The Broken Egg

Hi, it’s mrbadexample again. I run, a Wordbase strategy guide. The kind folks at Wordbase have asked me to write some guest blogs for them.

Win free Premium access

On top of that I’ve agreed on battling the first 50 of you fellow Wordbasers who challenge me. If you beat me you win free premium access and you’ll be featured on Facebook and this site. You’ll find the link to challenge me at the bottom of this blog post. Remember to visit the link from your mobile device.

At the time of writing, I’ve played well over 300 games of Wordbase and won all but six of them (although Thpartacuth and superbad95 are both currently threatening to increase that second number). It’s been 133 games since I lost.  I’ve won games by playing two words, but I’ve also won games having been down to owning just one single tile. I’m more proud of the second fact, and that’s the theme for this blog post.

Having spent 75 words boasting about how great I am (maybe I was just making sure you’re listening), I’m now going to spend 400 words explaining one short and fairly obvious sentence: You win Wordbase games by not losing.

What this means is the best way to boost your stats is to make yourself harder to beat. So let’s talk about how to play when your opponent has the momentum and is pushing you back towards your base.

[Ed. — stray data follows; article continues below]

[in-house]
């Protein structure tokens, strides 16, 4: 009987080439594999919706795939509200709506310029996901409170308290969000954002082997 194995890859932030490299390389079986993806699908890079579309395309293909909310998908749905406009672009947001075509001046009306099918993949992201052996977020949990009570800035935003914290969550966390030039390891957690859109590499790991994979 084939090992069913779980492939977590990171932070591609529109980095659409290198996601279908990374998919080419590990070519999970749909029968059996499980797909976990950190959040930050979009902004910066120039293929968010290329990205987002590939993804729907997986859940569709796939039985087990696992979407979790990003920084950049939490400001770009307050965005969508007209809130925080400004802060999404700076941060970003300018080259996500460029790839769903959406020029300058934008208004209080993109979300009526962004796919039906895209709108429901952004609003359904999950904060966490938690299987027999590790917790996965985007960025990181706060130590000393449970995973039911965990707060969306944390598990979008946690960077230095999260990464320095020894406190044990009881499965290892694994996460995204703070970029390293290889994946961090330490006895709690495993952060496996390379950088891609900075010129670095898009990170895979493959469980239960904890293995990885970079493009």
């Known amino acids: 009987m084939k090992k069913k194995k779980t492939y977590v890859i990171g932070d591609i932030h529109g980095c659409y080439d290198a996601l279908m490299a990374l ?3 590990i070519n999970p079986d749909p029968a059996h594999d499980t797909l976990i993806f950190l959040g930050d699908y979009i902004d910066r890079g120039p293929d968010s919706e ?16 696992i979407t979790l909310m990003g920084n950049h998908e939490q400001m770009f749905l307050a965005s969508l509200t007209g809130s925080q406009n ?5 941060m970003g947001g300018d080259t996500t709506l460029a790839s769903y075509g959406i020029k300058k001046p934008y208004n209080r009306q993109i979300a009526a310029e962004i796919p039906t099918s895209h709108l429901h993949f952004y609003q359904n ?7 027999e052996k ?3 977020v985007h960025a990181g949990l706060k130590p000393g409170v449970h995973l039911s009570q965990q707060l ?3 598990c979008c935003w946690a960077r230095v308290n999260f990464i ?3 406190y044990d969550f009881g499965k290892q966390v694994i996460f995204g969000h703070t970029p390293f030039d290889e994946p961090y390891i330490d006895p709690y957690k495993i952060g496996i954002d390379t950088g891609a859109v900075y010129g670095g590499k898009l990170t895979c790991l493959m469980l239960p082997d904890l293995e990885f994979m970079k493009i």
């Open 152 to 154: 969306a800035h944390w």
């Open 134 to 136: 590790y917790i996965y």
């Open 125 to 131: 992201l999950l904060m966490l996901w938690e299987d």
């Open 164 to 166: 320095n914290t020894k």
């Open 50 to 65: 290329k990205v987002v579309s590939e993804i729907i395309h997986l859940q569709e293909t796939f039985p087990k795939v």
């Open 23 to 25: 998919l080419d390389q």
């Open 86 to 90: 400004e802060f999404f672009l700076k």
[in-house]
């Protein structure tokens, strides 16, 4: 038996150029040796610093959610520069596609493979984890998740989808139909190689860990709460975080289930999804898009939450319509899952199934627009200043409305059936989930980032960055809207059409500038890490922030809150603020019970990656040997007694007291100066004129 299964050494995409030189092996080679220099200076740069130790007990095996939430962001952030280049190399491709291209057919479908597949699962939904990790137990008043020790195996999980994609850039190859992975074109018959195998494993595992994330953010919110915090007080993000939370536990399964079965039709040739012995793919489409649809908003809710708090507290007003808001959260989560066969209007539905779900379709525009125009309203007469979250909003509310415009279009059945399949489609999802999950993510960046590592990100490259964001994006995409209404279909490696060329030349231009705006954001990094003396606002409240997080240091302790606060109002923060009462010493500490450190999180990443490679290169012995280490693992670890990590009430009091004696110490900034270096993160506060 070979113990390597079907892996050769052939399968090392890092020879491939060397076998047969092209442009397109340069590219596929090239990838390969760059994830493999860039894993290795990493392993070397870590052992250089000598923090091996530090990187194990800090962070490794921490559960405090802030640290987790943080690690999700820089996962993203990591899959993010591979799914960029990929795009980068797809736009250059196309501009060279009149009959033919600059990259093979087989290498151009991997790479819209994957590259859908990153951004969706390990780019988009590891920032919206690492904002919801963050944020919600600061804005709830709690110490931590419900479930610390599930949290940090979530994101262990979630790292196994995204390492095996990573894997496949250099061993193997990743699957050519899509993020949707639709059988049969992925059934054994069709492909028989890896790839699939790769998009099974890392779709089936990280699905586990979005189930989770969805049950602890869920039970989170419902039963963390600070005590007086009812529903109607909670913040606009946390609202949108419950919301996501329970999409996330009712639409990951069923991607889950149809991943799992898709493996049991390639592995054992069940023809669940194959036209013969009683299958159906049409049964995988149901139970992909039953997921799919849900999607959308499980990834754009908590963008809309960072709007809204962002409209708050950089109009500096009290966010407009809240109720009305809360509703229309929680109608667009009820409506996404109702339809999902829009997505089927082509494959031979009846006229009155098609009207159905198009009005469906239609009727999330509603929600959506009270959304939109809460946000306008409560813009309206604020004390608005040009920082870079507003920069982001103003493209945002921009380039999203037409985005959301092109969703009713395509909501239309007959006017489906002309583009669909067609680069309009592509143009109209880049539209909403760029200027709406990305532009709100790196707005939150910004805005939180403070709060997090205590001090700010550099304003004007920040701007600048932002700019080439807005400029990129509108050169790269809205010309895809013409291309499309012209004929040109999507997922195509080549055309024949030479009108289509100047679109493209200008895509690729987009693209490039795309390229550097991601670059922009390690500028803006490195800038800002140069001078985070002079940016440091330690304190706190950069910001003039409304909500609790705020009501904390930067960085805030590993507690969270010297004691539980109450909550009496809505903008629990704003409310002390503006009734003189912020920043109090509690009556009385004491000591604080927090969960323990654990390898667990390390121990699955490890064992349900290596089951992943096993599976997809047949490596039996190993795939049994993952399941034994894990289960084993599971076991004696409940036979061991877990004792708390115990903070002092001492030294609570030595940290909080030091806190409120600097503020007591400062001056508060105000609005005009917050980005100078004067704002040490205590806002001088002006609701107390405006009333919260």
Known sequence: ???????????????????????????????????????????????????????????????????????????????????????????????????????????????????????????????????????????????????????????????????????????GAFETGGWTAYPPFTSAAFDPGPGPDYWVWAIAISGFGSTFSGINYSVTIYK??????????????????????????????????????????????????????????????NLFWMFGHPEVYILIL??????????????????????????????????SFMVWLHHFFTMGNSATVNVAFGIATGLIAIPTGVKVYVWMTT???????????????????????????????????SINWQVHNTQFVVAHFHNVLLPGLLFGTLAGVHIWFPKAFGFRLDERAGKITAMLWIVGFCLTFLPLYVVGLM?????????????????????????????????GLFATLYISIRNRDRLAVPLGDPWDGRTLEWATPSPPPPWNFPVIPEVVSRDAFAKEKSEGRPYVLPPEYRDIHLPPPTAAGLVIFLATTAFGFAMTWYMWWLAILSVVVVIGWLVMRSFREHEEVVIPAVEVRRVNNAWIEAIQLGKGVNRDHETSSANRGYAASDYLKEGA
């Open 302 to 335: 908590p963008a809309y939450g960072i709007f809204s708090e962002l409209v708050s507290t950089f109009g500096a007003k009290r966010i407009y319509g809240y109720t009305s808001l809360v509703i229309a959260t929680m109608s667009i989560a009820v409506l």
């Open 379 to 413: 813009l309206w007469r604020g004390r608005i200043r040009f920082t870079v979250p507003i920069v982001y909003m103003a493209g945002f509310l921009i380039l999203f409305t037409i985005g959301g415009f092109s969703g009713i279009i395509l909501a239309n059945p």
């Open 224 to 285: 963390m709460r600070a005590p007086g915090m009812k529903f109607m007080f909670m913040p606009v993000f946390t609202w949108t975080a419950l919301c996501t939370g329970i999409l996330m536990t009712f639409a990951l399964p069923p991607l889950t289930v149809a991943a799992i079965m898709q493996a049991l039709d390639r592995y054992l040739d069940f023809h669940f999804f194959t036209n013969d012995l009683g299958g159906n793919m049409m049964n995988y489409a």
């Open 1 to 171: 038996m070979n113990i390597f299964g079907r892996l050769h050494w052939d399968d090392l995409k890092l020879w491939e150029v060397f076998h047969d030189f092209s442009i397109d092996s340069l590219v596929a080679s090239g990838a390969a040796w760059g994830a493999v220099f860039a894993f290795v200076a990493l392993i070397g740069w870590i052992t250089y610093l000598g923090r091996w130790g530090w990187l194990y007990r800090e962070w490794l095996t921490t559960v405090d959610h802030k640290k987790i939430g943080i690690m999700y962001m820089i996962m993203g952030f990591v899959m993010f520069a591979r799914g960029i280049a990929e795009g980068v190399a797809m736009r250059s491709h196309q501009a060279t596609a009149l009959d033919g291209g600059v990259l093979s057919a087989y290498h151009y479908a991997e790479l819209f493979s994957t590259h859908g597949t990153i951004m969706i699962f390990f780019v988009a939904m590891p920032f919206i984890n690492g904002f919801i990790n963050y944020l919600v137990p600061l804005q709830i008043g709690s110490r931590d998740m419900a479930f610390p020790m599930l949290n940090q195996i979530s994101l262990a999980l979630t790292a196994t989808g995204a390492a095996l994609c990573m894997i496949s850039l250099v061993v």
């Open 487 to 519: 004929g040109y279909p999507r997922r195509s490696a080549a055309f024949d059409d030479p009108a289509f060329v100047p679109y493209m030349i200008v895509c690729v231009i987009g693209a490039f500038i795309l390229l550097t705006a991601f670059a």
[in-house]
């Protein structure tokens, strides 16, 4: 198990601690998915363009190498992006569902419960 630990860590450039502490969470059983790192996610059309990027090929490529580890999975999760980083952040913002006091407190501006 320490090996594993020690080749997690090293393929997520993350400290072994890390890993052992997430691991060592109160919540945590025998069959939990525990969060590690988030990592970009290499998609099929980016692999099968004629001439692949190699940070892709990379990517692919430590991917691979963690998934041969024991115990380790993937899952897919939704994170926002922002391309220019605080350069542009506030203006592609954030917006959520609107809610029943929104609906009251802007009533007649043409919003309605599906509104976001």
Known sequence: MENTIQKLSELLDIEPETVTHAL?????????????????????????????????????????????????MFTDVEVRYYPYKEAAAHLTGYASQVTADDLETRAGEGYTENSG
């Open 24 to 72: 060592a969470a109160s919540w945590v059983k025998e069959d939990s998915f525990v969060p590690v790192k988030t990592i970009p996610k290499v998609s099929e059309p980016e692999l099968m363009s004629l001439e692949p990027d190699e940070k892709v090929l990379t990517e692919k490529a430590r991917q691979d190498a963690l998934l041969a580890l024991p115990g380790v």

1. Identify the squares your opponent could finish from

Firstly, try to work out if your opponent is working towards a particular finishing word, and identify the squares they could finish from, so you know where you need to defend.

2. If you can, try to push them back

Then you need to change the momentum – this may initially just mean slowing it down. Your rule should be: if you can, try to push them back; leave them with fewer squares at the start of each turn. If you can’t push them back, then hold them where they were, so they start with the same number of squares on their next go. If you can’t do that, then at least try to claim their best attacking squares. Basically, concentrate on being obstructive and make progress as difficult as possible for them.

3. Avoid your opponent’s lines of attack

The third key point is to try to avoid your opponent’s lines of attack where you play your words. If you make it easy for your opponent to cut off the words you play, then it will be difficult to change the momentum and you’ll soon run out of options. If you can, cut your opponent’s chain by looping around rather than going back along the same line.

As the play gets closer to your base, don’t forget to look for words you can play from your base squares – there are always 10 letters you can play from – and if you can create a loop out from your base and back it will make your chain stronger.

And, the final lesson

Never give up. Even if you’re down to one letter and can only come up with one last, sad little three-letter word, your opponent might have run out of responses on their last go, so give it a try.

For more about defending, and loads of other tips check out